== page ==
Bracing Against the World
Our samskaras, or the accumulation of habits formed from past action and thought, are deep impressions that have dug themselves into our mind-body system. These samskaras manifest in the form of bracing. We tighten in our mind-body in order to push away unpleasantness or to grab at the desirable. It is this contraction that creates the illusion of separation. By bringing our awareness to these deep holdings, they begin to loosen on their own, returning to their natural state. We stop bracing against the world.
We often think of this in terms of our personal life. We brace against our relationships to other people, to work, and to ourselves. But, there is another set of deep contractions that we rarely, if ever, talk about.
We constantly brace against the immense suffering that surrounds us and the inevitable guilt we feel as an accomplice. Every time we buy something… anything, drive a car, turn on the electricity in our homes, or even travel to a dharma retreat, our mind-body braces against the horror of our involvement in the exploitation of people and the planet, and we brace again to stave off the helplessness of having no escape in sight. It is this bracing that allows us to continue without fully acknowledging our role as accomplice, or if we do it stays hidden from sight or subdued as a subtle whisper.
We brace out of the mistaken fear that we will drown in the world’s pain, but what we seek to protect is merely the outer shell of our Being. By protecting it, we not only create a dam from the world, but also from ourselves. The world’s suffering is our suffering. We spend precious energy maintaining this illusion of separation.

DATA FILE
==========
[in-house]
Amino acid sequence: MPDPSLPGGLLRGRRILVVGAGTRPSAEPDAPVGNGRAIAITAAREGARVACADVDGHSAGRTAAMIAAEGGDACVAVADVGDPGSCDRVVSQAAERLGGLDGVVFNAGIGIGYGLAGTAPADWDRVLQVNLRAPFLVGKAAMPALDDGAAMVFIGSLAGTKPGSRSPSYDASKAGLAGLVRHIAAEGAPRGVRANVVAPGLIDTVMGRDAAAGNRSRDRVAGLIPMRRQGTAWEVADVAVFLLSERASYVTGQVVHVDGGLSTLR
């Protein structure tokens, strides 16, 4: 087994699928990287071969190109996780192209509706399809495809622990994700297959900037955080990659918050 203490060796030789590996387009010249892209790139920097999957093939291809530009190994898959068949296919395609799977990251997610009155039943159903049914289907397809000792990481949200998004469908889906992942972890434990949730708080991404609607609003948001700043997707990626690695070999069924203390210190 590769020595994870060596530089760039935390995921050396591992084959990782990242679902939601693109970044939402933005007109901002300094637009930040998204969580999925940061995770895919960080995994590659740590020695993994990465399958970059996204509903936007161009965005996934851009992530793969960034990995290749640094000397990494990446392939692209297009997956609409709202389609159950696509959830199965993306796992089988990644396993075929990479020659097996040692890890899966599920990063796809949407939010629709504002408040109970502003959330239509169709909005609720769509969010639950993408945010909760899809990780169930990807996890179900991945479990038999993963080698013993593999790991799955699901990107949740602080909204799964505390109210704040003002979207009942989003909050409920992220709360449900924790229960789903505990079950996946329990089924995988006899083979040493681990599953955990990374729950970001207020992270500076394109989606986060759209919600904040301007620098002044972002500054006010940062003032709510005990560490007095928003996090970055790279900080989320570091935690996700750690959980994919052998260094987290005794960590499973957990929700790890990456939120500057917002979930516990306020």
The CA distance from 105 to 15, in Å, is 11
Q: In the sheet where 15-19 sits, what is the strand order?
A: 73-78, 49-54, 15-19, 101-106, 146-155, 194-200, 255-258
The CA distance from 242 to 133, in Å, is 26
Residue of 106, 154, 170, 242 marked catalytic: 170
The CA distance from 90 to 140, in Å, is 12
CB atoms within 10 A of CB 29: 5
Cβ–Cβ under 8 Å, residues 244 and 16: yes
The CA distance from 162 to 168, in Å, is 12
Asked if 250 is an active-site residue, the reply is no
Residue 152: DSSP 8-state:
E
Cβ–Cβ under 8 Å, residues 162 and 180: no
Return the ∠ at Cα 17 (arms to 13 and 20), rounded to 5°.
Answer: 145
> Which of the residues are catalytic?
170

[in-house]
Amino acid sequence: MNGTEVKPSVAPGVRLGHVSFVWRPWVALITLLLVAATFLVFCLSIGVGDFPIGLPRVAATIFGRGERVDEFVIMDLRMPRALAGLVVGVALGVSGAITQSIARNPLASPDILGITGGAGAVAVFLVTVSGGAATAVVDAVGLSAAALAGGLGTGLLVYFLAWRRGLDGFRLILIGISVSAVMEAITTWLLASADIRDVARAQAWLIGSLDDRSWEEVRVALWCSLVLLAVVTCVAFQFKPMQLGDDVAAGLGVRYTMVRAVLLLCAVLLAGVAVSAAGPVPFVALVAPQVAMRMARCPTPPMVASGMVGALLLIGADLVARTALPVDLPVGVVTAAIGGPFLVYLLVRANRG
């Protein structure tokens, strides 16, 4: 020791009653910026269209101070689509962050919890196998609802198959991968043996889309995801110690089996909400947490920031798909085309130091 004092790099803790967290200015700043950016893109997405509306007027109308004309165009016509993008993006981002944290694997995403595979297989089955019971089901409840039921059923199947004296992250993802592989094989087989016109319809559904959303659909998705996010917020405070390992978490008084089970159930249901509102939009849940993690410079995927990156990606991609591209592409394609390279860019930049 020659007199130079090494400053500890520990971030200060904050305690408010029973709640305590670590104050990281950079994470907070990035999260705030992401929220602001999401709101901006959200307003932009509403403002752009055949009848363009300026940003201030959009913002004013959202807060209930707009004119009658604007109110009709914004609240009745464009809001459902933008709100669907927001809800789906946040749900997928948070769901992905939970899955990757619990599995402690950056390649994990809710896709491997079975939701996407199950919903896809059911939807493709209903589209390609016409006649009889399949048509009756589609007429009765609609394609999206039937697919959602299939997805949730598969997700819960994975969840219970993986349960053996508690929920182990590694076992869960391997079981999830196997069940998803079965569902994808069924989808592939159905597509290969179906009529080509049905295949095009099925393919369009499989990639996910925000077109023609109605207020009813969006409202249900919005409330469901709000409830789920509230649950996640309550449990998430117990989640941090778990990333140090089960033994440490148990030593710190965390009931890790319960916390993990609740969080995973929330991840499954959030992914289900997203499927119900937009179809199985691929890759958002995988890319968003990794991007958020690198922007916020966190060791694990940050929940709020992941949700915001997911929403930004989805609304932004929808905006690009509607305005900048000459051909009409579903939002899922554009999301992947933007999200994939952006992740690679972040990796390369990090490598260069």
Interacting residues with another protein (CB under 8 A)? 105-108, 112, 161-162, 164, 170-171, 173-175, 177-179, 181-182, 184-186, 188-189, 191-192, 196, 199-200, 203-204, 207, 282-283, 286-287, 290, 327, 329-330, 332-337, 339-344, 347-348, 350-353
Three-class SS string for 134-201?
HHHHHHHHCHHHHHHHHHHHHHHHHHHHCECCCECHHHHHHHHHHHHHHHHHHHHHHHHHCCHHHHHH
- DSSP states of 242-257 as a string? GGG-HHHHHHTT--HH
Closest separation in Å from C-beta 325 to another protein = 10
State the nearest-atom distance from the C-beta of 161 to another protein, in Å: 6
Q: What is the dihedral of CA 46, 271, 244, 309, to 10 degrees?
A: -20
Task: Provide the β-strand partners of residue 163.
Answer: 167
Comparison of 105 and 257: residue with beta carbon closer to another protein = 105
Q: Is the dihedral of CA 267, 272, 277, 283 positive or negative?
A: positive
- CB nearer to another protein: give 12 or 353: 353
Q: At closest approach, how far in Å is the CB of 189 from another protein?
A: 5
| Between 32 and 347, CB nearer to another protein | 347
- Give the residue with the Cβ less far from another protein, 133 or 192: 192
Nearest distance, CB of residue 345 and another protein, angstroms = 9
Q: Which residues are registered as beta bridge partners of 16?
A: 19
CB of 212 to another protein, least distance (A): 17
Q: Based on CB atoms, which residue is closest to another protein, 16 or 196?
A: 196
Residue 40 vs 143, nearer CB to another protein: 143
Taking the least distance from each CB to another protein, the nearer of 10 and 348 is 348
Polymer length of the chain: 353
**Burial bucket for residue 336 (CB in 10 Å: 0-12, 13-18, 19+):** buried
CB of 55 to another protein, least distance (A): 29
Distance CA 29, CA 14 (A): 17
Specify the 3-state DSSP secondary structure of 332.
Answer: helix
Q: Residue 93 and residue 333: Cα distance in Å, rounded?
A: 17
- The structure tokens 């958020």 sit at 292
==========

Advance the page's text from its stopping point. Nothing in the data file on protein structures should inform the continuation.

When we lower the floodgates, this outer shell begins to crumble against life’s oncoming river. What remains is something remarkable- the fierce courage of an open heart. This heart carries the tides of grief and beauty on its inhale and exhale like a billowing sea, informing the way we inhabit the world and animating each step. This heart sings the song of the world.
For most of us, this is not a one-time event, but a continual and gradual letting go. I have found that each time I allow myself to feel, I discover a new part of me that is still holding on, not yet ready to let go, still believing in a someone to protect from a world out there.
But this also leaves me with a strengthened faith in the process, for an open heart is inherently satisfying. It teaches that the world’s pain contains seeds of its power. And, if we are ever going to change the oppressive power structures at play, we will need that power to do so.
Problems cannot be solved without being acknowledged, and all of us, I don’t care if you have spent years in spiritual retreat or years protesting on the streets, can go a little deeper.